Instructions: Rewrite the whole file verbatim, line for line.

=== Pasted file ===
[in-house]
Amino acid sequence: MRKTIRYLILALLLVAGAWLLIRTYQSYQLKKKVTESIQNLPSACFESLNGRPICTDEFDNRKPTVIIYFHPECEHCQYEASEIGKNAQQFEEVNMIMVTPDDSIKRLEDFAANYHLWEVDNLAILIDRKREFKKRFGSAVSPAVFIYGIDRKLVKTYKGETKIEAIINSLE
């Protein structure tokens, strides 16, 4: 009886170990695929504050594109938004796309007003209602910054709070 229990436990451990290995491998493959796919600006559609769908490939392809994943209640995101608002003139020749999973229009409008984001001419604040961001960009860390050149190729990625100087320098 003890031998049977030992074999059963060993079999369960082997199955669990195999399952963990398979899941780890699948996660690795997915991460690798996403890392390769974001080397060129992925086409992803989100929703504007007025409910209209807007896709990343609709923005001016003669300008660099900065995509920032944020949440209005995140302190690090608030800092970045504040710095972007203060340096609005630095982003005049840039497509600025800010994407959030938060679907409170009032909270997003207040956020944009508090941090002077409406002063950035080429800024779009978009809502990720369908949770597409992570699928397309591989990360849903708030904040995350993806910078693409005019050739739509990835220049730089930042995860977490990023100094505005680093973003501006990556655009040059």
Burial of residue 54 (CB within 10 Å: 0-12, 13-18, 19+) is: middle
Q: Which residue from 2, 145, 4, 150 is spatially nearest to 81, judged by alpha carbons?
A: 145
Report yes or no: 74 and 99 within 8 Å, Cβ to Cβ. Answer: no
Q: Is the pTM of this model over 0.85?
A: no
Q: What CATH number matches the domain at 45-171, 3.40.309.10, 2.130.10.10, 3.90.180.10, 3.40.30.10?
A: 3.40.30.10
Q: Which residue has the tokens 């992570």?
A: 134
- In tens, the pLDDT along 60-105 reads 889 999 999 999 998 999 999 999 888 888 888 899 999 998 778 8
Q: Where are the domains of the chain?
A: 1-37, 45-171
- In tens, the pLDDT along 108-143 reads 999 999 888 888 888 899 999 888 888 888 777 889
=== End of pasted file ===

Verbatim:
[in-house]
Amino acid sequence: MRKTIRYLILALLLVAGAWLLIRTYQSYQLKKKVTESIQNLPSACFESLNGRPICTDEFDNRKPTVIIYFHPECEHCQYEASEIGKNAQQFEEVNMIMVTPDDSIKRLEDFAANYHLWEVDNLAILIDRKREFKKRFGSAVSPAVFIYGIDRKLVKTYKGETKIEAIINSLE
């Protein structure tokens, strides 16, 4: 009886170990695929504050594109938004796309007003209602910054709070 229990436990451990290995491998493959796919600006559609769908490939392809994943209640995101608002003139020749999973229009409008984001001419604040961001960009860390050149190729990625100087320098 003890031998049977030992074999059963060993079999369960082997199955669990195999399952963990398979899941780890699948996660690795997915991460690798996403890392390769974001080397060129992925086409992803989100929703504007007025409910209209807007896709990343609709923005001016003669300008660099900065995509920032944020949440209005995140302190690090608030800092970045504040710095972007203060340096609005630095982003005049840039497509600025800010994407959030938060679907409170009032909270997003207040956020944009508090941090002077409406002063950035080429800024779009978009809502990720369908949770597409992570699928397309591989990360849903708030904040995350993806910078693409005019050739739509990835220049730089930042995860977490990023100094505005680093973003501006990556655009040059």
Burial of residue 54 (CB within 10 Å: 0-12, 13-18, 19+) is: middle
Q: Which residue from 2, 145, 4, 150 is spatially nearest to 81, judged by alpha carbons?
A: 145
Report yes or no: 74 and 99 within 8 Å, Cβ to Cβ. Answer: no
Q: Is the pTM of this model over 0.85?
A: no
Q: What CATH number matches the domain at 45-171, 3.40.309.10, 2.130.10.10, 3.90.180.10, 3.40.30.10?
A: 3.40.30.10
Q: Which residue has the tokens 């992570």?
A: 134
- In tens, the pLDDT along 60-105 reads 889 999 999 999 998 999 999 999 888 888 888 899 999 998 778 8
Q: Where are the domains of the chain?
A: 1-37, 45-171
- In tens, the pLDDT along 108-143 reads 999 999 888 888 888 899 999 888 888 888 777 889